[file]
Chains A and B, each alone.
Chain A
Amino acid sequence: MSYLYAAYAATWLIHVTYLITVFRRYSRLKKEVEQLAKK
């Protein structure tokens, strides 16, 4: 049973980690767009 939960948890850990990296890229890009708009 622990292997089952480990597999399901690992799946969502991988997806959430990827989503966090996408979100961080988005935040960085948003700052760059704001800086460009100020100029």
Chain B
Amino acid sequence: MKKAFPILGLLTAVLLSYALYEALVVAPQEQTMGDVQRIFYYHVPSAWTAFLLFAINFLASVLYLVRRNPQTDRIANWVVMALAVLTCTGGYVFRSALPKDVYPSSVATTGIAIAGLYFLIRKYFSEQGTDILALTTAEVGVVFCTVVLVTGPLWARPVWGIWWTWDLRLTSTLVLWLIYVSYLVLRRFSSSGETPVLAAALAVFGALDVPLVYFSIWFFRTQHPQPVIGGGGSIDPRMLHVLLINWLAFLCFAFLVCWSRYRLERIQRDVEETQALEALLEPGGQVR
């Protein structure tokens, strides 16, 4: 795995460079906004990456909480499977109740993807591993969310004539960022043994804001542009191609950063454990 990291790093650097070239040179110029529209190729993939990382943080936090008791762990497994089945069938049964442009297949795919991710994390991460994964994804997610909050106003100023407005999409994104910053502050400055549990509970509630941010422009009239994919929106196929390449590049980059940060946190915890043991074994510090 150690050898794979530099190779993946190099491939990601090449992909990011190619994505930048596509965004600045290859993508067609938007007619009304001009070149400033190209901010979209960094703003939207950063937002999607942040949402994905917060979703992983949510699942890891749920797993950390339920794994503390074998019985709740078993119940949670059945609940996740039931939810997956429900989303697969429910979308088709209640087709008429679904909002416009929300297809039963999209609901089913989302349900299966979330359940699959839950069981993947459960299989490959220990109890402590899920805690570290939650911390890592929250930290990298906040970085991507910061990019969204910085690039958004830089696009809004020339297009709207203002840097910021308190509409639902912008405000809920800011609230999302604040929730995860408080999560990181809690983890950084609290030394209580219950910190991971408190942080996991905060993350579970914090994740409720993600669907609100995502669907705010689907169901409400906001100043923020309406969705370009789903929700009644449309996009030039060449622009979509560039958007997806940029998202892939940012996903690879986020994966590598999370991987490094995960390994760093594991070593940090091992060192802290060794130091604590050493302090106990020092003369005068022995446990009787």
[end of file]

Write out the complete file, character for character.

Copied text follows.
Chains A and B, each alone.
Chain A
Amino acid sequence: MSYLYAAYAATWLIHVTYLITVFRRYSRLKKEVEQLAKK
């Protein structure tokens, strides 16, 4: 049973980690767009 939960948890850990990296890229890009708009 622990292997089952480990597999399901690992799946969502991988997806959430990827989503966090996408979100961080988005935040960085948003700052760059704001800086460009100020100029």
Chain B
Amino acid sequence: MKKAFPILGLLTAVLLSYALYEALVVAPQEQTMGDVQRIFYYHVPSAWTAFLLFAINFLASVLYLVRRNPQTDRIANWVVMALAVLTCTGGYVFRSALPKDVYPSSVATTGIAIAGLYFLIRKYFSEQGTDILALTTAEVGVVFCTVVLVTGPLWARPVWGIWWTWDLRLTSTLVLWLIYVSYLVLRRFSSSGETPVLAAALAVFGALDVPLVYFSIWFFRTQHPQPVIGGGGSIDPRMLHVLLINWLAFLCFAFLVCWSRYRLERIQRDVEETQALEALLEPGGQVR
């Protein structure tokens, strides 16, 4: 795995460079906004990456909480499977109740993807591993969310004539960022043994804001542009191609950063454990 990291790093650097070239040179110029529209190729993939990382943080936090008791762990497994089945069938049964442009297949795919991710994390991460994964994804997610909050106003100023407005999409994104910053502050400055549990509970509630941010422009009239994919929106196929390449590049980059940060946190915890043991074994510090 150690050898794979530099190779993946190099491939990601090449992909990011190619994505930048596509965004600045290859993508067609938007007619009304001009070149400033190209901010979209960094703003939207950063937002999607942040949402994905917060979703992983949510699942890891749920797993950390339920794994503390074998019985709740078993119940949670059945609940996740039931939810997956429900989303697969429910979308088709209640087709008429679904909002416009929300297809039963999209609901089913989302349900299966979330359940699959839950069981993947459960299989490959220990109890402590899920805690570290939650911390890592929250930290990298906040970085991507910061990019969204910085690039958004830089696009809004020339297009709207203002840097910021308190509409639902912008405000809920800011609230999302604040929730995860408080999560990181809690983890950084609290030394209580219950910190991971408190942080996991905060993350579970914090994740409720993600669907609100995502669907705010689907169901409400906001100043923020309406969705370009789903929700009644449309996009030039060449622009979509560039958007997806940029998202892939940012996903690879986020994966590598999370991987490094995960390994760093594991070593940090091992060192802290060794130091604590050493302090106990020092003369005068022995446990009787």